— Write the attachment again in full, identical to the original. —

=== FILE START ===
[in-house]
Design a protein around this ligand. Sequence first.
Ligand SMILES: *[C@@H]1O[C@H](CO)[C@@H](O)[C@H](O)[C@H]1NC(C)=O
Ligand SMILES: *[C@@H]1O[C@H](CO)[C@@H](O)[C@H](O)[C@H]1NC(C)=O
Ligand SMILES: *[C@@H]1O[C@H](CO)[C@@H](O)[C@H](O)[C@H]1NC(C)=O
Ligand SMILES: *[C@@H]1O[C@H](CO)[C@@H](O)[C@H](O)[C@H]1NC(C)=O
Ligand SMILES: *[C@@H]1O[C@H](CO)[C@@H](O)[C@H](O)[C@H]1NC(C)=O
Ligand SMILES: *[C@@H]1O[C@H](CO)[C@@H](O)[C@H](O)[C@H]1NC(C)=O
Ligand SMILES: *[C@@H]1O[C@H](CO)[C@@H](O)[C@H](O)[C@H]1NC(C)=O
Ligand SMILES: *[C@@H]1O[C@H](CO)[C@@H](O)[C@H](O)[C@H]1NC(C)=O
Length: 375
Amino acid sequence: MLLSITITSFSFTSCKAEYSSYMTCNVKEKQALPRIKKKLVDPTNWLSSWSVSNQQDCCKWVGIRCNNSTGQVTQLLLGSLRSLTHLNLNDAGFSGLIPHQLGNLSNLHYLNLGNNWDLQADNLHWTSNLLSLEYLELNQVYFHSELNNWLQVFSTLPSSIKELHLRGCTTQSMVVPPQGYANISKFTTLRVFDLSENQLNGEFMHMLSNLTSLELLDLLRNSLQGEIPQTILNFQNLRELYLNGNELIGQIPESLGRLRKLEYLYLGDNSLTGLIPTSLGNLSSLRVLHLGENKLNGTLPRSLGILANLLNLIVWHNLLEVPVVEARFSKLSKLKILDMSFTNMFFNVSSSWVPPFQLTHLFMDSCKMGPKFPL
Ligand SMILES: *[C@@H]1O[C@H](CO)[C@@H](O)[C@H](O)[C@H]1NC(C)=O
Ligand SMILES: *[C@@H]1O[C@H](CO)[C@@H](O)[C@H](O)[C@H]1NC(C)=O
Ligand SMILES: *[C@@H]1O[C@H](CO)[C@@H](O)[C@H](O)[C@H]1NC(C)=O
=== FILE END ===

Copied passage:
[in-house]
Design a protein around this ligand. Sequence first.
Ligand SMILES: *[C@@H]1O[C@H](CO)[C@@H](O)[C@H](O)[C@H]1NC(C)=O
Ligand SMILES: *[C@@H]1O[C@H](CO)[C@@H](O)[C@H](O)[C@H]1NC(C)=O
Ligand SMILES: *[C@@H]1O[C@H](CO)[C@@H](O)[C@H](O)[C@H]1NC(C)=O
Ligand SMILES: *[C@@H]1O[C@H](CO)[C@@H](O)[C@H](O)[C@H]1NC(C)=O
Ligand SMILES: *[C@@H]1O[C@H](CO)[C@@H](O)[C@H](O)[C@H]1NC(C)=O
Ligand SMILES: *[C@@H]1O[C@H](CO)[C@@H](O)[C@H](O)[C@H]1NC(C)=O
Ligand SMILES: *[C@@H]1O[C@H](CO)[C@@H](O)[C@H](O)[C@H]1NC(C)=O
Ligand SMILES: *[C@@H]1O[C@H](CO)[C@@H](O)[C@H](O)[C@H]1NC(C)=O
Length: 375
Amino acid sequence: MLLSITITSFSFTSCKAEYSSYMTCNVKEKQALPRIKKKLVDPTNWLSSWSVSNQQDCCKWVGIRCNNSTGQVTQLLLGSLRSLTHLNLNDAGFSGLIPHQLGNLSNLHYLNLGNNWDLQADNLHWTSNLLSLEYLELNQVYFHSELNNWLQVFSTLPSSIKELHLRGCTTQSMVVPPQGYANISKFTTLRVFDLSENQLNGEFMHMLSNLTSLELLDLLRNSLQGEIPQTILNFQNLRELYLNGNELIGQIPESLGRLRKLEYLYLGDNSLTGLIPTSLGNLSSLRVLHLGENKLNGTLPRSLGILANLLNLIVWHNLLEVPVVEARFSKLSKLKILDMSFTNMFFNVSSSWVPPFQLTHLFMDSCKMGPKFPL
Ligand SMILES: *[C@@H]1O[C@H](CO)[C@@H](O)[C@H](O)[C@H]1NC(C)=O
Ligand SMILES: *[C@@H]1O[C@H](CO)[C@@H](O)[C@H](O)[C@H]1NC(C)=O
Ligand SMILES: *[C@@H]1O[C@H](CO)[C@@H](O)[C@H](O)[C@H]1NC(C)=O